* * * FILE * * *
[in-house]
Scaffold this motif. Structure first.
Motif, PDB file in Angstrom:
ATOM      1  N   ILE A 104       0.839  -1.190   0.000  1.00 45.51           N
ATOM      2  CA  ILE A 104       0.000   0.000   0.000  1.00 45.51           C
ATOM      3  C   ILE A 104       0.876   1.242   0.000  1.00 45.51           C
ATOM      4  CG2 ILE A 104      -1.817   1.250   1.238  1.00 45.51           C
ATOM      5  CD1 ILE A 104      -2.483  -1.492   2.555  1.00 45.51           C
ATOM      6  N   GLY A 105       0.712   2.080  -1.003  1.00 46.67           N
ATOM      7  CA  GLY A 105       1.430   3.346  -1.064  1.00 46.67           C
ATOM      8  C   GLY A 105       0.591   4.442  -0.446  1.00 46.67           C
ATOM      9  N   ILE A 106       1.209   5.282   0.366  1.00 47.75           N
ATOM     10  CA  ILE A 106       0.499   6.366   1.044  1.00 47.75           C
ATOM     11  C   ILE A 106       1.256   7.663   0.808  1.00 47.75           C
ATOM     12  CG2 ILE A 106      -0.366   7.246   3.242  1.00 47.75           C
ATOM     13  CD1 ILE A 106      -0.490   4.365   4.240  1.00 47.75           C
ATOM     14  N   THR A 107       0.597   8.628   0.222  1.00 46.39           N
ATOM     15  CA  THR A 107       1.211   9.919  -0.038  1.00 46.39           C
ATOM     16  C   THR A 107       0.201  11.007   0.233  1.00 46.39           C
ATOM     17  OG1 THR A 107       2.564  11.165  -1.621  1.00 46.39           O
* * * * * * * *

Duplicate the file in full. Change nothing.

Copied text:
[in-house]
Scaffold this motif. Structure first.
Motif, PDB file in Angstrom:
ATOM      1  N   ILE A 104       0.839  -1.190   0.000  1.00 45.51           N
ATOM      2  CA  ILE A 104       0.000   0.000   0.000  1.00 45.51           C
ATOM      3  C   ILE A 104       0.876   1.242   0.000  1.00 45.51           C
ATOM      4  CG2 ILE A 104      -1.817   1.250   1.238  1.00 45.51           C
ATOM      5  CD1 ILE A 104      -2.483  -1.492   2.555  1.00 45.51           C
ATOM      6  N   GLY A 105       0.712   2.080  -1.003  1.00 46.67           N
ATOM      7  CA  GLY A 105       1.430   3.346  -1.064  1.00 46.67           C
ATOM      8  C   GLY A 105       0.591   4.442  -0.446  1.00 46.67           C
ATOM      9  N   ILE A 106       1.209   5.282   0.366  1.00 47.75           N
ATOM     10  CA  ILE A 106       0.499   6.366   1.044  1.00 47.75           C
ATOM     11  C   ILE A 106       1.256   7.663   0.808  1.00 47.75           C
ATOM     12  CG2 ILE A 106      -0.366   7.246   3.242  1.00 47.75           C
ATOM     13  CD1 ILE A 106      -0.490   4.365   4.240  1.00 47.75           C
ATOM     14  N   THR A 107       0.597   8.628   0.222  1.00 46.39           N
ATOM     15  CA  THR A 107       1.211   9.919  -0.038  1.00 46.39           C
ATOM     16  C   THR A 107       0.201  11.007   0.233  1.00 46.39           C
ATOM     17  OG1 THR A 107       2.564  11.165  -1.621  1.00 46.39           O